I was obsessed with my daughter’s milestones. The first time she really smiled at me. The day she practiced harder than an Olympic gymnast at rolling over and I cheered to the point of embarrassment. I remember the exact outfit she wore when she first moved those chubby knees across the floor.
But, let’s be honest, as moms, we have those other milestones. The ones rarely discussed in everyday conversation, but we’ve all experienced them. The dirty, the awkward, the mortifying. We all have to go through them but we sure as hell can’t prepare for them. There’s a first time for everything, and maybe, like the first word, or first walk, it's time we start celebrating them.
1. The first boob slip
It happens to the even the most discreet of nursing moms. Whether you’re out at Olive Garden and your precious little whips her head around because she caught the enticing sight of yet another waiter walking by and you just took a bite of penne with your only free hand, or you walk out of the bedroom into a roomful of in-laws and you forget to slip your nursing tank back into place, it's inevitable.
2. The puke that just wouldn’t quit
We all know babies spit up. It’s normal and totally expected, and that’s why we register for lots of burp cloths. But no one tells you about the stomach emptying. The one where you swear you burped the baby enough, but he just upchucked all over you. And the couch. And your dog. And the carpet. And you don’t know where to start. Sometimes, it even continues for weeks and months, and they call it something cute, like “reflux.”
The doctor just cleared you. He deemed you healed and ready to roll and you have a partner that’s more than happy to oblige. But you would rather be puked on again by the baby than stick anything back in there. Once the “Stop! Wait! Hold on, go slower!” is over, you can secretly be proud you’re back in the game. It’s like when you lost your virginity—the anticipation is over.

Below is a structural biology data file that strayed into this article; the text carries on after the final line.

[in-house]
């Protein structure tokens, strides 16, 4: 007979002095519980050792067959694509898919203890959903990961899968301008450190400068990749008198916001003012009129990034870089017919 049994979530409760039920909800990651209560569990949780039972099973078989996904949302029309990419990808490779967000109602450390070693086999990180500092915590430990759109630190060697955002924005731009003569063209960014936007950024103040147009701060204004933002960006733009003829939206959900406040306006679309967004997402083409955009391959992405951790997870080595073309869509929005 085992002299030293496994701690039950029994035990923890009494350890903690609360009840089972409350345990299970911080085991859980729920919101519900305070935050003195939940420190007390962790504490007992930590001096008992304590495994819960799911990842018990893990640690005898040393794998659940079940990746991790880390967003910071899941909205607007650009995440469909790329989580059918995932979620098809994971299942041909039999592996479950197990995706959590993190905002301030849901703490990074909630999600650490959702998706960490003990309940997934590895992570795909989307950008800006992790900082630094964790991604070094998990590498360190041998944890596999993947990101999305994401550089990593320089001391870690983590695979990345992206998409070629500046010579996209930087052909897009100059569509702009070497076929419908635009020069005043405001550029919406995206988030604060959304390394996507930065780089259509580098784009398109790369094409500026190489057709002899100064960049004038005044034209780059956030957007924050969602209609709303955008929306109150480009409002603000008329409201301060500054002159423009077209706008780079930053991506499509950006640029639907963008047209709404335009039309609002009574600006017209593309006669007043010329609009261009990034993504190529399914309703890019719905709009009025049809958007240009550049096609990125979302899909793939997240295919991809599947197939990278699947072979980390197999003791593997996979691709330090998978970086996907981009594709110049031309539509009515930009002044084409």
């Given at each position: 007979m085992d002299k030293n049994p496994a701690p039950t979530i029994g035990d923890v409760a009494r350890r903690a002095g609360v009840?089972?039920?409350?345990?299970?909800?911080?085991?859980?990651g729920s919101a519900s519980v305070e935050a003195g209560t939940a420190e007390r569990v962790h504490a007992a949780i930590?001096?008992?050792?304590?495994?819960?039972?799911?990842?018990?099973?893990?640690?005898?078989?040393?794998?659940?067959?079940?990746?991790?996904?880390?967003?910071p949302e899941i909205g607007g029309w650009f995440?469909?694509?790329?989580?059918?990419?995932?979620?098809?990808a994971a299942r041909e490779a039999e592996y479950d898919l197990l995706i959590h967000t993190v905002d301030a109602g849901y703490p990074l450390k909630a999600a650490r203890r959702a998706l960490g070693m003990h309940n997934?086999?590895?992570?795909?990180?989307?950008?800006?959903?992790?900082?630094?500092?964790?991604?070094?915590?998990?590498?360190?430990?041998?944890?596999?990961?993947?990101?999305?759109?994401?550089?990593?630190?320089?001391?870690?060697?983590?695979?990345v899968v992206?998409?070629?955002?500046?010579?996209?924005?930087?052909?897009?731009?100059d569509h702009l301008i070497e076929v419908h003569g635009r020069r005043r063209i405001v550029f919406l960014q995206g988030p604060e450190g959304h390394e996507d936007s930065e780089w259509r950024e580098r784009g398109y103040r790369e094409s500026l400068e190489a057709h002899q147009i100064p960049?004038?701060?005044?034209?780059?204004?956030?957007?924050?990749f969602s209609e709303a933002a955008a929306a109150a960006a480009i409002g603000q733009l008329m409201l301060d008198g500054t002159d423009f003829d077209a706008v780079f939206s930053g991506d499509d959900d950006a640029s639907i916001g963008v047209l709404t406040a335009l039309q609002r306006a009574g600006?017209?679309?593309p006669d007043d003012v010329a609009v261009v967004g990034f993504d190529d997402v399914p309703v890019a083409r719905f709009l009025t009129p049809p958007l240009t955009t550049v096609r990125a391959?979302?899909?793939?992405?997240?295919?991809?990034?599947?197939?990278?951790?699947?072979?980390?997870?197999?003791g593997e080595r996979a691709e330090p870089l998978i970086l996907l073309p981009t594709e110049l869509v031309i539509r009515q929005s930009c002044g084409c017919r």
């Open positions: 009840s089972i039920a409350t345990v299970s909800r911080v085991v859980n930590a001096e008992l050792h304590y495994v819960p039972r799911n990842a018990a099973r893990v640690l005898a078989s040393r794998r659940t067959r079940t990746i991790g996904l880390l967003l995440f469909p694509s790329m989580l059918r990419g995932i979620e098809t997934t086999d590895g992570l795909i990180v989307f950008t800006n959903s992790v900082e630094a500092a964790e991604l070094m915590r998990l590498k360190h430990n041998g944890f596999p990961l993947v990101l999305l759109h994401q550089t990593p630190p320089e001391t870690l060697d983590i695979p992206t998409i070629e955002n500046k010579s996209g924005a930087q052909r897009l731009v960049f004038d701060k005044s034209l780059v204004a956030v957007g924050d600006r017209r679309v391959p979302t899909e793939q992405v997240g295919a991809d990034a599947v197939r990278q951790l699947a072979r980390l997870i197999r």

4. The quick face lick
You have no wipes or napkins and your 9-month-old has banana smeared all over her adorable face. So, you lick it off. And never tell anyone.
And every mother will experience it. We will all face a situation where we will snarl and growl and do whatever it takes to shield our children.
5. The first time the bear within is unleashed
Let me first say, I’m a very passive person. Even a pushover at times. I hate conflict. That’s why I was so surprised when my Mama Bear fell out at a local indoor play area when I witnessed an older boy grabbing a toy away from my 15-month-old and shoving her roughly. I was there before I realized I had moved and snatched the toy back. “Don’t push her!” I said in a mom voice that would make my own mother proud. Maybe it wasn’t the most adult way to handle the situation, but it was the first time I realized how powerful that protective instinct is. And every mother will experience it. We will all face a situation where we will snarl and growl and do whatever it takes to shield our children.
6. The first time it doesn’t hurt to poop
Vaginal or C-section birth, that first time we poop is terrifying. But here’s something we all secretly breathe a sigh of relief for, but never tell anyone about: when we can poop without thinking we’re splitting in two all over again.
7. The first fever
I used to work as a triage nurse and dealt with phone calls all the time from parents of feverish kids. But the first time my daughter spiked one, I was all, “What do I do? Do I give ibuprofen? Someone hold me.” That first time your child gets sick is no man's land. Once you’ve come out on the other side, there should be a small amount of bragging rights allowed.
It doesn’t even have to happen in public. It doesn’t have to involve throwing things. But I can bet most moms will remember that very first time their sweet infant uttered that piercing shriek and flared their arms because you took the power cord away and it made you stop in your tracks, wondering why they would even have an opinion at this age. Note: It will happen a lot sooner than you think it will.
9. That first time you realize you are their whole world
Caring for a child is exhausting and, most of the time, it’s a pretty thankless job. The first time my daughter looked up at me from in her crib and smiled—really, truly smiled at me—I realized all that nursing and burping and consoling wasn’t just for a boob-obsessed infant. I was her complete world, her source of happiness and comfort. That made it all worth it, a hundred times over.